Small untuned loop for receiving – it’s not rocket science

I have written several articles on untuned loops for receiving, as have others. A diversity of opinions abounds over several aspects, but opinions don’t often translate to sound theory.

This article analyses a simple untuned / unmatched loop in the context of a linear receive system.

An example simple loop for discussion

Let’s consider a simple single turn untuned loop with an ideal broadband transformer. The example loop is 3.14m perimeter and 10mm diameter conductor situated in free space. The loop has perimeter 0.0744λ at 7.1MHz, less than λ/10 up to 9MHz, so we can regard that loop current is uniform in magnitude and phase. This simplifies analysis greatly.

Above is a schematic diagram of the example loop. The transformer initially is a 1:1 ideal transformer, it serves to isolate the loop from a coaxial feedline, allowing fairly good loop symmetry and reduction of common mode feed line current contribution to pickup. This works, and subject to symmetry and a good transformer design, it will work well over the stated frequency range, though its gain at some frequencies might not be sufficient to overcome receiver internal noise.

The loop itself is a resonator, it has a resonance near where the length around the loop from one terminal to the other is a half wavelength… much like a half wave dipole formed into a nearly closed circular arc. At low frequencies it behaves much like a simple inductor, but departs from that as its self resonant frequency (SRF) is approached. This behaviour can be approximated as an inductor with a small equivalent shunt capacitance that modifies the behaviour as the SRF is approached.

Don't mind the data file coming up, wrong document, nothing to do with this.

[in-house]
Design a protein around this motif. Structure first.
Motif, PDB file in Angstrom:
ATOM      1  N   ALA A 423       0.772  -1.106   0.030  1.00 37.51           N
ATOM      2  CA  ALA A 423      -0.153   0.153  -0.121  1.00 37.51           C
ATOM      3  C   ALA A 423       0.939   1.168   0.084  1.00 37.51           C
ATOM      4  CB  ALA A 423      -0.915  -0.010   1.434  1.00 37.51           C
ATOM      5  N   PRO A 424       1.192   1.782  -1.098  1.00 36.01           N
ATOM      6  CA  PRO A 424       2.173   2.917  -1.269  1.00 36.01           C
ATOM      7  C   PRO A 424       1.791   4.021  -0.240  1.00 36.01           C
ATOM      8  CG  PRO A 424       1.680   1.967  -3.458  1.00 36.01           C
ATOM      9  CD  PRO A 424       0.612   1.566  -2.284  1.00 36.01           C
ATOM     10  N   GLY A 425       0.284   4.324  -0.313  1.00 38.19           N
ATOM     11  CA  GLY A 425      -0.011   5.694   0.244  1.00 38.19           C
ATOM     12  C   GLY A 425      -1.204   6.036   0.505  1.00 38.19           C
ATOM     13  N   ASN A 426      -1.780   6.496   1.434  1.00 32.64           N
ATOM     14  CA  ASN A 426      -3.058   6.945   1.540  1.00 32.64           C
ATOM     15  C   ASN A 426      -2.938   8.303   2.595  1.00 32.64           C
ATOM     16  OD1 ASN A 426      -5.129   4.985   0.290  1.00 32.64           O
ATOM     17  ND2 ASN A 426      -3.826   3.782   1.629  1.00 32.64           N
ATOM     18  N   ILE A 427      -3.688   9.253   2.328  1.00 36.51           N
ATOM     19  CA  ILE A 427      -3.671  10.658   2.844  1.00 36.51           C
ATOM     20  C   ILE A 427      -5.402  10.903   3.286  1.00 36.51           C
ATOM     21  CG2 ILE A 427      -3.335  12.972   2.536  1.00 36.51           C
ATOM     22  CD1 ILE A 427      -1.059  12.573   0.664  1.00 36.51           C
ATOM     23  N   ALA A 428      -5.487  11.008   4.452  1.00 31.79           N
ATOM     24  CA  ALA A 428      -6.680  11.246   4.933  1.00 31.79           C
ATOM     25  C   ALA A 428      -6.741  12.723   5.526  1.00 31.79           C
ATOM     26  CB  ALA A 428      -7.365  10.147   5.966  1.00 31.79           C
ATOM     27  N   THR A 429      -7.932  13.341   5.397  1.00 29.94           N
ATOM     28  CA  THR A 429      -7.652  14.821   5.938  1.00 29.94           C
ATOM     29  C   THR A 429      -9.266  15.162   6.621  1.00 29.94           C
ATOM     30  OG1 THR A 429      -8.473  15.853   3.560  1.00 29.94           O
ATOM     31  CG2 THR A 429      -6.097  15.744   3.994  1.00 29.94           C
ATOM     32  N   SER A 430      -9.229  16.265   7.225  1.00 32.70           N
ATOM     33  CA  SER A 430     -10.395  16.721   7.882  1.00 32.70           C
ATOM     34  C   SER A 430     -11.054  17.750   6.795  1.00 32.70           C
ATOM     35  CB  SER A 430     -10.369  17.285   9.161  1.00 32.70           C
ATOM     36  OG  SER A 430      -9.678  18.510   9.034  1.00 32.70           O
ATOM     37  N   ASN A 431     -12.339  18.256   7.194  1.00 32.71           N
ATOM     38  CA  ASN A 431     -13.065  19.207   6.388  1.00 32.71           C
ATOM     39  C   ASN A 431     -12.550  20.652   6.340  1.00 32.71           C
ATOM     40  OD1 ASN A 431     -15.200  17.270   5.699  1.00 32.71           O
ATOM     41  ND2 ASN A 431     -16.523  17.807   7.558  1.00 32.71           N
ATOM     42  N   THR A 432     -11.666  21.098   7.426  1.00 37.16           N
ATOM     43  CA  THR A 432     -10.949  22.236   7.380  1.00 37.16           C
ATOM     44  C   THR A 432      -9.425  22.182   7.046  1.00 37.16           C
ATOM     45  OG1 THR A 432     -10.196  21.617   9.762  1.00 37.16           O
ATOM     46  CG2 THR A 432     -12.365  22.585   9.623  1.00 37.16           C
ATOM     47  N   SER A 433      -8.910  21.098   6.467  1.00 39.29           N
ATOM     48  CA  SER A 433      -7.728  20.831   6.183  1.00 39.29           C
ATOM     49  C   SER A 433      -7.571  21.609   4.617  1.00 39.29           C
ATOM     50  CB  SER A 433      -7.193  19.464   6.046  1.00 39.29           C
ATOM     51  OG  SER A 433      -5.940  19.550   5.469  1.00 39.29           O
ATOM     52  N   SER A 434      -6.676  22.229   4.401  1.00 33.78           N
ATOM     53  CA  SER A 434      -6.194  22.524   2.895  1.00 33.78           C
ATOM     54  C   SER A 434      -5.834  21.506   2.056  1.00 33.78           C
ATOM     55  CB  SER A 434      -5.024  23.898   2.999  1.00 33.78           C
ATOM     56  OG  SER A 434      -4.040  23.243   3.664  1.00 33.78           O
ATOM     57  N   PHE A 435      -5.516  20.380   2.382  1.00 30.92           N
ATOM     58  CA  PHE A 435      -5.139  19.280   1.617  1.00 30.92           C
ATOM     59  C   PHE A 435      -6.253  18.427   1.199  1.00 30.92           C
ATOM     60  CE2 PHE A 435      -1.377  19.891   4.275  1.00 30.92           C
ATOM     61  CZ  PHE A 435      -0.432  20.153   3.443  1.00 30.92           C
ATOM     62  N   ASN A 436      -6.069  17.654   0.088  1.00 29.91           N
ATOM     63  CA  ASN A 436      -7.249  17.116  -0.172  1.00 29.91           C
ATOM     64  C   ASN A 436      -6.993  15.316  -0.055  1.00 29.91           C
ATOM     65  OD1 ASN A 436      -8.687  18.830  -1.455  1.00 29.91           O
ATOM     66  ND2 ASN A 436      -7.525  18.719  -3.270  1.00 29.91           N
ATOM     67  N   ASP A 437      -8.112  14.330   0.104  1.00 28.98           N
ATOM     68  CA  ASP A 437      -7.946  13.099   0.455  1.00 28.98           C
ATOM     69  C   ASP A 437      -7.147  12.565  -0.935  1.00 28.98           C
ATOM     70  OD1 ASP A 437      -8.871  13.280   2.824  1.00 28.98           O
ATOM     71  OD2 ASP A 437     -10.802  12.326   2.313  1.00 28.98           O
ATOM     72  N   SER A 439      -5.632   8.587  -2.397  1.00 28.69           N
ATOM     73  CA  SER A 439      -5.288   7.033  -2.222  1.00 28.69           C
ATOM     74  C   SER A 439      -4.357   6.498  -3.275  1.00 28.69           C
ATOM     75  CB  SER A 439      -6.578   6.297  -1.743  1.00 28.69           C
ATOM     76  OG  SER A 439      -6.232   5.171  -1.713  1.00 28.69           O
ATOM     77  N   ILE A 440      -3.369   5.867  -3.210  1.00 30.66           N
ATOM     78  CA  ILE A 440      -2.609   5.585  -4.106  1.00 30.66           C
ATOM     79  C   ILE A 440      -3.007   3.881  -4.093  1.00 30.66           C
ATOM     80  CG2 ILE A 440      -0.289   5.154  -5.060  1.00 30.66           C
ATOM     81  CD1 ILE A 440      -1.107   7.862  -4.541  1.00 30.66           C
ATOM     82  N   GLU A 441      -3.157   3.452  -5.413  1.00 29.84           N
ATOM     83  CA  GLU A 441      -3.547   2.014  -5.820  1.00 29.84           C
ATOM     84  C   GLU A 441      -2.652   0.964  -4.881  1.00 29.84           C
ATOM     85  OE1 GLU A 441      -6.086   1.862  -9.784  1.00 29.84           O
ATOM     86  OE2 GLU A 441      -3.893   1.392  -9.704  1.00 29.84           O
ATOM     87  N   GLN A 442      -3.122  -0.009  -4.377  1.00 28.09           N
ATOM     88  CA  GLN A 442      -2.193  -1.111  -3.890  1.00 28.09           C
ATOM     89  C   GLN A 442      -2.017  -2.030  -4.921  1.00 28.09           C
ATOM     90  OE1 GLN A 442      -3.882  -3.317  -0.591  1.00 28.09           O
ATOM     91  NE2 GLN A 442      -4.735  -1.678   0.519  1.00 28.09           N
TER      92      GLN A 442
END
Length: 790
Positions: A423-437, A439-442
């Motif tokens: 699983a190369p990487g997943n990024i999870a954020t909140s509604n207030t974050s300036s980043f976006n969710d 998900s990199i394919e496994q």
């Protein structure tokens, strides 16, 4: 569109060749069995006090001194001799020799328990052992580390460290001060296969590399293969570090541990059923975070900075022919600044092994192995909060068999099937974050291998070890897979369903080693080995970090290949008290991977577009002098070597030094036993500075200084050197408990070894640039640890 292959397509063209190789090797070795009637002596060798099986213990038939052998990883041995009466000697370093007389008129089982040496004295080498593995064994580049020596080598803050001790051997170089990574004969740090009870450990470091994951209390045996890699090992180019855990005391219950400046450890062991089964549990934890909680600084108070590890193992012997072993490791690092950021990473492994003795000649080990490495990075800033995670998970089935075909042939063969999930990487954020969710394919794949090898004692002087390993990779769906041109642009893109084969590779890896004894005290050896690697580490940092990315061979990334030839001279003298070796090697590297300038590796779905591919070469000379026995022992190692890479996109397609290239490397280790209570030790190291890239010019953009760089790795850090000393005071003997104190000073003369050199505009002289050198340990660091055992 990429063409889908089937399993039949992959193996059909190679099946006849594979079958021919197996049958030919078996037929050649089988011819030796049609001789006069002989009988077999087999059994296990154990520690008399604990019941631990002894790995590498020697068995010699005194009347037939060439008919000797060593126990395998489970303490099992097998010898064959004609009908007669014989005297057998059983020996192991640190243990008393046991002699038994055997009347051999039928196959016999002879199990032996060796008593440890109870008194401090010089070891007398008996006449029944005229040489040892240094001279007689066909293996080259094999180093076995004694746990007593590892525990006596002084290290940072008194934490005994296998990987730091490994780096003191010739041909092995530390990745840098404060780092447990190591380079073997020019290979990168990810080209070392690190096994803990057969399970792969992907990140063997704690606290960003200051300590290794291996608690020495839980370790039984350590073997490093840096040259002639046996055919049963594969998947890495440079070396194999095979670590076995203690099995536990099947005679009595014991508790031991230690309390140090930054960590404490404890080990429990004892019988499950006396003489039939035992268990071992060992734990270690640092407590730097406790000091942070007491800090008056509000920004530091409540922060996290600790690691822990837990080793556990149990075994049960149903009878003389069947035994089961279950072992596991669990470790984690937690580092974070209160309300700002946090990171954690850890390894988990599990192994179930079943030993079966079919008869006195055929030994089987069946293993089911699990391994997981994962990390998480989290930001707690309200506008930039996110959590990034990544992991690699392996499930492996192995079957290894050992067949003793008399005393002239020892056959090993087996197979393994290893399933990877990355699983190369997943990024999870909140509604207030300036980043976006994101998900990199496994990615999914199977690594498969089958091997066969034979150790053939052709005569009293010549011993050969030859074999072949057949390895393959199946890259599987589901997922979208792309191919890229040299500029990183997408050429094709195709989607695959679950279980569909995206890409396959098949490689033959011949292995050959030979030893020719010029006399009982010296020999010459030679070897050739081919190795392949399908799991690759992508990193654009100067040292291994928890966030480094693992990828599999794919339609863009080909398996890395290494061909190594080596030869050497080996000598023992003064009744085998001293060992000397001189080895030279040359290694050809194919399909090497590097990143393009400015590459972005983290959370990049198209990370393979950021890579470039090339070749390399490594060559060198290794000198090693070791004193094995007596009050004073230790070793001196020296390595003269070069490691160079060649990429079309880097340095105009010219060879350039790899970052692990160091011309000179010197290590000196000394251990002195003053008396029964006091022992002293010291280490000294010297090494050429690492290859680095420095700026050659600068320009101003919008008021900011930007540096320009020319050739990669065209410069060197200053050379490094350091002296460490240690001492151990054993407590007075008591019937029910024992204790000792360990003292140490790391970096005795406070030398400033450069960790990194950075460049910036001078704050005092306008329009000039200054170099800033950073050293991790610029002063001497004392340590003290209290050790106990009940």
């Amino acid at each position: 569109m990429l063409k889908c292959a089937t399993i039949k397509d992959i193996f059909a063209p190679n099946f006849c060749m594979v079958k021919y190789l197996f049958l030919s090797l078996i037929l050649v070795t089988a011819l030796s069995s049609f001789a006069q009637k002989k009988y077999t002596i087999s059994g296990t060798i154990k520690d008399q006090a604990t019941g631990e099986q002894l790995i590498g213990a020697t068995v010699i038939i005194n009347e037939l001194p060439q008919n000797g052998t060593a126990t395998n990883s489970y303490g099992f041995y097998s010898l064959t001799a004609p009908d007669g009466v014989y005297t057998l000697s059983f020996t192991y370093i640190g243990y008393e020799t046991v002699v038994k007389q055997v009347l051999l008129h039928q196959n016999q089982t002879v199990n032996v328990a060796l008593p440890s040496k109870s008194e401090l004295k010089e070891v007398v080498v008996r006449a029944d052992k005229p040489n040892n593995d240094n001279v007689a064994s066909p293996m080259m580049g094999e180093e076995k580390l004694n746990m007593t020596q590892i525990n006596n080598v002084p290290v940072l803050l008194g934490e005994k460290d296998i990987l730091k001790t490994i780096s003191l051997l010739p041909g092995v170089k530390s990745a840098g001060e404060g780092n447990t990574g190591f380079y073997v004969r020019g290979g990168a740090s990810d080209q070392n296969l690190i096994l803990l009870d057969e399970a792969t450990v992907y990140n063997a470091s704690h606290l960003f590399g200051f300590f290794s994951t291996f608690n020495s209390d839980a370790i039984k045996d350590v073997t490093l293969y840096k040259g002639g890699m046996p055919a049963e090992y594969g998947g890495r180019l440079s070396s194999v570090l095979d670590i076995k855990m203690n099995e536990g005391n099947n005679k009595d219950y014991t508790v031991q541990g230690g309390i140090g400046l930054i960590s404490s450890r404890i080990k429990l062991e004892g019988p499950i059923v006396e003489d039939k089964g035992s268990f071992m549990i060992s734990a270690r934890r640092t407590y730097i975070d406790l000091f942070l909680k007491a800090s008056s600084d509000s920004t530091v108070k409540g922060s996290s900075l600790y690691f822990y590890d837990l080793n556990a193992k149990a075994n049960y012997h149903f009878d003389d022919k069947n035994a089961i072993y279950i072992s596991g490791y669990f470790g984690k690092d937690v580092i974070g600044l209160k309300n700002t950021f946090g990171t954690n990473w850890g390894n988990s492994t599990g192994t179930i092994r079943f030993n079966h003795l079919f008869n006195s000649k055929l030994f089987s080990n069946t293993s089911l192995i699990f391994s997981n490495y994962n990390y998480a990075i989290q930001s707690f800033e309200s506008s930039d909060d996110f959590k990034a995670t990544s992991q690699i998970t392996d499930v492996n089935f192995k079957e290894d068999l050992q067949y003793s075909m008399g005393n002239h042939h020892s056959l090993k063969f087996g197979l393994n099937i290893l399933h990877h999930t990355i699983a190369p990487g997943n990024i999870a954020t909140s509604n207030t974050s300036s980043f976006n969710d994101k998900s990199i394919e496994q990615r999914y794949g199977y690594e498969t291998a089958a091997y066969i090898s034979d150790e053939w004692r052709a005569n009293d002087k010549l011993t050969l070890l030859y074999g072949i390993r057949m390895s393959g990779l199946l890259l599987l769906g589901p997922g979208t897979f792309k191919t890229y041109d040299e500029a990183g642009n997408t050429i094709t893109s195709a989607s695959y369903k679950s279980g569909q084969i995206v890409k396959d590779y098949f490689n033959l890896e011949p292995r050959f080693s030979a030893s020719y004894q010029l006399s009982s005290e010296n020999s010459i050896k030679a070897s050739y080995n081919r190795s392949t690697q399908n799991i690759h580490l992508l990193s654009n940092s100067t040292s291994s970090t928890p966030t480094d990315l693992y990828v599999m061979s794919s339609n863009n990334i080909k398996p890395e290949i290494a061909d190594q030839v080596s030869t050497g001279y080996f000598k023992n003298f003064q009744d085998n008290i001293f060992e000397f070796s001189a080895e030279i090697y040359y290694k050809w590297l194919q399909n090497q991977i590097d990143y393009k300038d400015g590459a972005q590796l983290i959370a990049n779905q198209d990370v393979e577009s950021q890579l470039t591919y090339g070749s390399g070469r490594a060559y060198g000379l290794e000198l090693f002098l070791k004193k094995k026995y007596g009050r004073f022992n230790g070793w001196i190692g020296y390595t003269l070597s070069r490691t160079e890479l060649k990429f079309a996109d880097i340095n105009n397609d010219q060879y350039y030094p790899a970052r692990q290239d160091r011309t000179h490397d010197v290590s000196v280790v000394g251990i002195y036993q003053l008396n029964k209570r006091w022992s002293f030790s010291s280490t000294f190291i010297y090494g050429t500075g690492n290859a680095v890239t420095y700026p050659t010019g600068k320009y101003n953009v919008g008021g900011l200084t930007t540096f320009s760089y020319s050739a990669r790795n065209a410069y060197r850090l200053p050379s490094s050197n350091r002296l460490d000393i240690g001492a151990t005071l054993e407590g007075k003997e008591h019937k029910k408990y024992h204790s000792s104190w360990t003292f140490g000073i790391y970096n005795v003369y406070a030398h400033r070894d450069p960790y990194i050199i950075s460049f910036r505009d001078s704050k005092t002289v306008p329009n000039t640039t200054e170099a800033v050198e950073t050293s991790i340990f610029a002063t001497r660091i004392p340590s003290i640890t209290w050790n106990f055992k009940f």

The low frequency self inductance can be measured easily, and can also be calculated with reasonably good accuracy for practical conductors. External EM waves will induce a voltage in the loop inductance, and there is an equivalent series resistance to that voltage source, it is known as radiation resistance and is fairly easy to calculate for a loop with perimeter less than λ/10 in free space.  The loop conductor also has loss resistance. The effective RF loss resistance is easily calculated for a metal tube of sufficient wall thickness, but conductors like coax braid are higher and more challenging.

So the equivalent circuit becomes an inductor with series loss resistance and radiation resistance and voltage source, all of which us shunted by a small equivalent capacitance to model the effects of self resonance to some extent.

So, lets explore an example. The example loop uses a loop conductor of 10mm diameter and perimeter of 3.14m (it is a 1m diameter loop). We can reasonably calculate:

  • loop self inductance is 2.94µH;
  • equivalent shunt capacitance is 4.66pF (which we will assume lossless);
  • radiation resistance @ 7.1MHz is 6.033mΩ.

We will capture loop conductor loss by estimating that it has a Q of 100 @ 10MHz. The results turn out to not be very sensitive to this value, so don’t agonise over it.

Above is a Simsmith model of the example loop loaded with a 50Ω receiver connected directly to its terminals.

Because of significant mismatch, not much of the power available from the source (1W or 0dBW in this model by virtue of Simsmith’s UseZo option) reaches the receiver, in fact the system has a loss of 42.1dB, so the average gain is -42.1dB. The directivity of such a loop in free space is 1.5 or 1.76dB, so the antenna system (maximum) gain in this scenario is -40.34dB.

Is such a loop usable at 7.1MHz?

Assuming a linear receive system (ie no IMD) with Noise Figure 5dB and using ITU-R P.372 prediction of median external noise in a Residential precint, the S/N degradation by receiver noise is 1.58dB. IOW, S/N is within a couple of dB of what would be observed with a much better antenna.